Mariners Insider Blog

Mariners offense fails again in 2-1 loss in 10

  Brandon League has watched his teammates struggle for half a season now, as they did today in another of those games when the Seattle Mariners offense was more bark than bite.

Four hits – three of them singles – over 10 innings in Seattle’s 2-1 loss to the Boston Red Sox was just another offensive no-show.

A year ago, League was an All-Star, a closer enroute to 37 saves, but on Sunday he heard the boos of a Safeco Field crowd of 34,066 as he walked off the mound.

 It’s a sound he’s gotten used to in 2012.

On Sunday, the right-handed reliever was asked to maintain a 10th-inning tie and couldn’t, losing a game one month after losing his job. If the Seattle offense has lost games all season, League can relate.  He’s 0-5 with a 3.60 earned run average and nine saves.

While players all around him tried to explain how a major league team could hit under .200 at home, fail when asked to get a bunt down, League’s question to himself was more difficult answer.

 “I’m trying to figure out what’s wrong,” League said. “I know it’s not one thing, because I could fix one thing. I’d stop doing it. I don’t even know if the problem is physical or mental.”

It’s a question most of the Mariners could ask themselves after another loss in which their pitching was marvelous.

Starter Jason Vargas went eight innings against a home run-hitting Red Sox team and, given one run, nearly made it hold up. In the eighth inning with one out, Dustin Pedroia homered to tie the game.

 It didn’t matter that the Mariners had squandered opportunities throughout the day that could have given Vargas a cushion. It didn’t matter that the Seattle offense couldn’t execute the simplest of small-ball offense.

All that mattered was that, after nine tough innings, Boston and Seattle were tied at 1-1. And with a short-handed bullpen, manager Eric Wedge went to veteran League to get through the 10th.

“He’s been inconsistent, but he’s been in these situations before,” Wedge said.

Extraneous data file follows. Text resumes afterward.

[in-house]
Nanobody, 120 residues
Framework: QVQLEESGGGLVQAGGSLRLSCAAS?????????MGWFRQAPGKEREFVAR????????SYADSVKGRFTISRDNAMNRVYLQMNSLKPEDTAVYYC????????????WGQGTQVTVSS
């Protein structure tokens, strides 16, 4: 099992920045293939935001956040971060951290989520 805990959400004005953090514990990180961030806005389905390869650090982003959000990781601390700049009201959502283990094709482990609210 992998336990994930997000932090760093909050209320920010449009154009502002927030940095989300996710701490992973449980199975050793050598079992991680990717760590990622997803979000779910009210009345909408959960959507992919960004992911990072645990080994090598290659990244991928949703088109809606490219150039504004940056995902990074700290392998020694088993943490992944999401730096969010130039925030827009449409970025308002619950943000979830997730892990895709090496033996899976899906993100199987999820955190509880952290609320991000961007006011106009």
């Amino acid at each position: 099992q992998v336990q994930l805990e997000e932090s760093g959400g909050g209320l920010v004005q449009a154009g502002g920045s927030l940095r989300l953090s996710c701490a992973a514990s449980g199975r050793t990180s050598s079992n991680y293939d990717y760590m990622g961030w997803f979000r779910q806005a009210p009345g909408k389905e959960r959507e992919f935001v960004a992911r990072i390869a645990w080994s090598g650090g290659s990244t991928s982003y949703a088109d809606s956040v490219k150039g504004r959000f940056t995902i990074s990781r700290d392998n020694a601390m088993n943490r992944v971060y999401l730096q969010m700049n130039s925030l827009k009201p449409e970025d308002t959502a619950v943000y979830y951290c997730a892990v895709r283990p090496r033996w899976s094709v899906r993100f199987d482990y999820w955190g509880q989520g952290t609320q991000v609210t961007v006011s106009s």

Eight pitches later, the Red Sox had a one-out, first-and-third base threat going, and League was gone. Two singles, and with left-handed hitting David Ortiz up, Wedge went to left-hander Lucas Luetge.

  Ortiz flied out deep enough to get the run home.

The Mariners were retired in order in their half of the 10th, and finished the first half of the season – 81 games – with a 34-47 record.

That it could have turned out differently Sunday was the issue of the day and the season, so far. The Mariners scored their lone run in the third inning, setting it up with back-to-back singles from Chone Figgins and Brendan Ryan.

  Ichiro Suzuki flied out to score Figgins, but Casper Wells struck out. Ryan stole second base, took third on catcher Kelly Shoppach’s errant throw. Kyle Seager was hit by a pitch.

 And there it was, a point blank scoring opportunity. Two out, man on first, man on third and cleanup hitter Jesus Montero up.

 Montero flied out.

 An inning later, Boston’s Felix Doubrant lost the strike zone long enough to walk Miguel Olivo, then Justin Smoak, to open the fourth.

“Two on, no one out, we’ve got to get more done than we got done,” Wedge said. “We get the bunt down there, it’s a different inning and probably a different game.”

Dustin Ackley tried to bunt, failed and struck out. As bad, with Figgins up, Olivo tried to advance to third base on a pitch in the dirt and was caught off base and tagged out.

Figgins flied out.

“I cost us at a crucial time,” Ackley said. “I’ve always been a good bunter, but the past two, three times I’ve been asked to bunt, I haven’t gotten it down. I’m trying to be too perfect, not let the pitcher field it. I’ve got to do better. “

Again in the fifth, the Mariners had Boston in a corner, loading the bases with one out on a single, walk and hit batter. And once again, cleanup hitter Montero was up.

A hit might blow the game open. A fly ball would score a run to make it 2-0. What Montero had to avoid was the ground ball – which he hit to third base, triggering an inning-ending double play.

“One sacrifice fly is what we got all day,” Wedge said. “We’ve got to do better.”

 If the Mariners can’t hit home runs in Safeco Field, where they get great pitching, Wedge said they have to execute and manufacture runs. On Sunday, they stole three bases but could not bunt or get the fly ball that might have changed the game

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